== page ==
MrExcel Publishing
Your One Stop for Excel Tips & Solutions

formatting output of user defined function

Posted by Jeremy on December 10, 2001 10:34 PM

I hope someone knows the answer to this.

The problem:
I have two numbers. I want to calculate the difference between these two numbers, and the percentage change between these two numbers.

I then want to display these two results in one cell as a main number and a superscript number.

The main number represents the difference between the two numbers and the superscript represents the percentage change.

Any ideas??

I tried converting my results to STRINGS and using .character to format the text, but without success.

Thanks in advance

Posted by Tom Urtis on December 10, 2001 11:33 PM

See if this formula helps you. It assumes you have "old" data in A2, and "new" data in B2, so you can calculate their difference and percent change, by entering the following formula in C2:

=("Difference is "&B2-A2)&("; Pct change is "&TEXT((B2-A2)/A2,"#,##0.00%"))

Then you can copy down as needed.

Any help?

Tom Urtis

Posted by Damon Ostrander on December 10, 2001 11:50 PM

Hi Jeremy,

I answered a question similar to this recently, and hope that you find the problem similar enough to yours for the code for that solution to be helpful.

First of all, and you are probably aware of this, a function cannot format its own cell. So this must be done with a Sub procedure (macro). Therefore, what I suggest is that you design your function to return the two values as text separated by a separator character. For example:


where the 12.72 represents the difference and the 45.4 represents the percentage change. Then write a macro that looks at the text in a cell, removes the carat, and superscripts the text that follows the carat. Probably the easiest way to do this is to design the macro, as I did the one in the example below, to process all the selected cells. If a cell in the selected range does not contain a carat it is ignored.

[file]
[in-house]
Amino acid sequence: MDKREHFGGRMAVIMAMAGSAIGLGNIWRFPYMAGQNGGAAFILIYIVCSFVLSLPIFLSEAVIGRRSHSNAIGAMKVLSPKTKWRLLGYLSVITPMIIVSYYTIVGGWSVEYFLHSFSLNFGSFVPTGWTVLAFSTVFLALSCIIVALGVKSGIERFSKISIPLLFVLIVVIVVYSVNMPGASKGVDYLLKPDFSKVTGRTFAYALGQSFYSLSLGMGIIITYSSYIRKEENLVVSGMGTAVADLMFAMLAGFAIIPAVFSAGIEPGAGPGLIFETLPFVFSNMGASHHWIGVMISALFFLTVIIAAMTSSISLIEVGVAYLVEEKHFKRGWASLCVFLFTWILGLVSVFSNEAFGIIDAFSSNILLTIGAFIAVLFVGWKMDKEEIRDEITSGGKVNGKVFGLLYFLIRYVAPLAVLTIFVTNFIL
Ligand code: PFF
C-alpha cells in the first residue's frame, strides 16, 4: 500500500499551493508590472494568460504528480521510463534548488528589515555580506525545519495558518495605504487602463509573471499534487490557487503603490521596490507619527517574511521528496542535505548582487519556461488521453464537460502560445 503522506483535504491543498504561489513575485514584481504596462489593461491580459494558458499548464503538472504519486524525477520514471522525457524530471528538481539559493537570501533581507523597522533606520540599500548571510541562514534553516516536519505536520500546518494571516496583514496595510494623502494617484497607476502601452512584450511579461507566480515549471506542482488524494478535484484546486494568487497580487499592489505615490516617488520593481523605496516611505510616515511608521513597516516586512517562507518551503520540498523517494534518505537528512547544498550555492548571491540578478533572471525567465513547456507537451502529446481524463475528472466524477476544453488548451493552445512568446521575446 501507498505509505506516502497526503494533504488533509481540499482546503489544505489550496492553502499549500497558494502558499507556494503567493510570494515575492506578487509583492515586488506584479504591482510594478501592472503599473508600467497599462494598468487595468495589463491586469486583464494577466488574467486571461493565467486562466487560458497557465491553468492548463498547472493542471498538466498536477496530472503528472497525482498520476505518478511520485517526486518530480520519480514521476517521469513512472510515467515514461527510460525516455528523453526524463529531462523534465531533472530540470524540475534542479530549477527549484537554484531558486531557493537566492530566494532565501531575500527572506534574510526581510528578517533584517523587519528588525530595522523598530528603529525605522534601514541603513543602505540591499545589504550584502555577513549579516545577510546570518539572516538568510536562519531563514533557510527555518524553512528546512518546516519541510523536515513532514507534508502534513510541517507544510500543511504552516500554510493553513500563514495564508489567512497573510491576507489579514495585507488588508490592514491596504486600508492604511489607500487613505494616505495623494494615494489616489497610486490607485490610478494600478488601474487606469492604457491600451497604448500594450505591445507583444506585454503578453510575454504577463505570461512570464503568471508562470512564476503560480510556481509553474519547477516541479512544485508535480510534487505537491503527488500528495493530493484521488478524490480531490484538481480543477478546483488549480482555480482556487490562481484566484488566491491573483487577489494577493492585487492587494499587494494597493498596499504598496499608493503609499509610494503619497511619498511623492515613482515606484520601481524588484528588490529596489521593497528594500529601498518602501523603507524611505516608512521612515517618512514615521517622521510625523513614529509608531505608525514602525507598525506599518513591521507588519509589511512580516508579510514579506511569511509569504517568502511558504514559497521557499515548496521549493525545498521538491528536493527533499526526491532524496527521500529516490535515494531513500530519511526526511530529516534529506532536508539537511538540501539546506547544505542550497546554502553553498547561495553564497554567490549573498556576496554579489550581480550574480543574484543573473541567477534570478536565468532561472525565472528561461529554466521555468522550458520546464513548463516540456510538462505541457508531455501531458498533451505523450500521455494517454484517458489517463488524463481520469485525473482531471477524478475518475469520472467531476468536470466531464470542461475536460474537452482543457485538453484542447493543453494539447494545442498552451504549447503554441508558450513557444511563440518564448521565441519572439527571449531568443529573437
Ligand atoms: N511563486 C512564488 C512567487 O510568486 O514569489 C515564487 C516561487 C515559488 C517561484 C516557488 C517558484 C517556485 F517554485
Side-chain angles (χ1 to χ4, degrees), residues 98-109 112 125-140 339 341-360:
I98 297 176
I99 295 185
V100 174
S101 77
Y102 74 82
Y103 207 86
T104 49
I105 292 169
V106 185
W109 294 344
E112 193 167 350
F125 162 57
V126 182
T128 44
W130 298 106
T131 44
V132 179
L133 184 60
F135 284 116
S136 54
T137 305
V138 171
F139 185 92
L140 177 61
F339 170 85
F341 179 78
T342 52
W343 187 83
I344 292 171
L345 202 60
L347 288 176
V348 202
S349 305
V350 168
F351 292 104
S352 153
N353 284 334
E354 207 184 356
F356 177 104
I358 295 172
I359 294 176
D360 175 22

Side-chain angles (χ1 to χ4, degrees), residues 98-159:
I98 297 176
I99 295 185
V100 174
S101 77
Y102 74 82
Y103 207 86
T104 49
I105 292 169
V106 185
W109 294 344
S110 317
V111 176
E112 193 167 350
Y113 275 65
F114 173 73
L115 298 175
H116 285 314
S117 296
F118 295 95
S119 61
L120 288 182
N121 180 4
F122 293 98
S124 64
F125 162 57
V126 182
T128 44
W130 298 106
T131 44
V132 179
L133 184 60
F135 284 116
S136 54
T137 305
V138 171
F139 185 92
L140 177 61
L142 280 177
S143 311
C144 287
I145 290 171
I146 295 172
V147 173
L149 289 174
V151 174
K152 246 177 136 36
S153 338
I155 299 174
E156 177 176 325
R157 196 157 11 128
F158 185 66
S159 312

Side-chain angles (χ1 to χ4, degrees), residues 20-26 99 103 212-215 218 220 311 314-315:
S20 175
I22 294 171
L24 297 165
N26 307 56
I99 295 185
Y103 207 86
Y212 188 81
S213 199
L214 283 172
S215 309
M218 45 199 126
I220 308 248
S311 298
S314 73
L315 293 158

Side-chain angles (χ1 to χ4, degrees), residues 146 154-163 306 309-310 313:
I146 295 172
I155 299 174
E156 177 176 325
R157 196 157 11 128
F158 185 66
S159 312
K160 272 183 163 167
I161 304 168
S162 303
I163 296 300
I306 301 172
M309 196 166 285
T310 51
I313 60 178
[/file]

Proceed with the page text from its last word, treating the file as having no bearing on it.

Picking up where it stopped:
You should also be aware that in formatting the results of the function, the function itself must be eliminated from the cell. Thus if these specially formatted values on the sheet must be recalculated as input data changes, the approach I have just outlined is not viable. In this case I would implement the calculations entirely in macro form using a worksheet change or calculation event to trigger recalculation AND reformatting of the cells containing the specially formatted values.

Okay, here is the code I mentioned above:

Sub DisplayScientific()

' Displays all cells in the selected range that have numerical values
' in exponential format as 3.5E+05 and changes these to display as
' 3.5 x 10^5 (where the ^5 is a superscript 5).

' Warning: This will wipe out any formulas in the selected cells,
' since formula results cannot be superscripted. Make sure you no
' longer need the values to be computed before using this routine.

Dim InExp As String
Dim ToExp As String
Dim ExpSt As String 'exponent string w/o leading zeroes
Dim nChExp As Integer
Dim Ech As Integer
Dim Cel As Range

Selection.PasteSpecial xlValues

For Each Cel In Selection

If IsNumeric(Cel.Value) Then

If Cel.NumberFormat = "General" Then Cel.NumberFormat = "0.00E+00"
InExp = UCase(Format(Cel.Value, Cel.NumberFormat))

Ech = InStr(1, InExp, "E")

If Ech = 0 Then
' no exponent character, so just leave value as is
ExpSt = Right(InExp, Len(InExp) - Ech)
ExpSt = Format(ExpSt, "##0")
ToExp = Left(InExp, Ech - 2) & " x 10" & ExpSt
Cel.Formula = ""
Cel.Value = ToExp
nChExp = Len(CStr(ExpSt))
Cel.Characters(Len(ToExp) - nChExp + 1, nChExp).Font.Superscript = True
End If

End If

Next Cel
Application.CutCopyMode = False

End Sub

I hope this helps. Happy computing.


Posted by Juan Pablo G. on December 11, 2001 6:04 AM

Just one more point...

You can't format a cell using a UDF just as you can't format a cell using a built in function. Suppose that whenever you use SUM you would have the result showing with 2 fixed decimals, and there was nothing you could do about that... it's the same for UDF's. The user has the choice of formatting the result in whatever fashion he wants (Or, as Damon points out, with a macro).

Juan Pablo G.

Posted by Bill Walker on December 11, 2001 11:59 AM

How about the TEXT function?

Juan Pablo G. said that a function cannot set the format of a cell. The TEXT function will change the format, though. For example, the formula

=TEXT(.3,"$0.00") will result in $0.30.

By placing a function to generate some content other than the .3 in the example above, shouldn't you be able to format the output on the fly?

=TEXT(1+1,"$0.00") will result in $2.00

One caveat, you might need to convert back to a value if you wish to use the results in a calculation.

Posted by Juan Pablo G. on December 11, 2001 12:04 PM

Re: How about the TEXT function?

Because it returns a String... and who decides the format ? the User, not the programmer...

Juan Pablo G.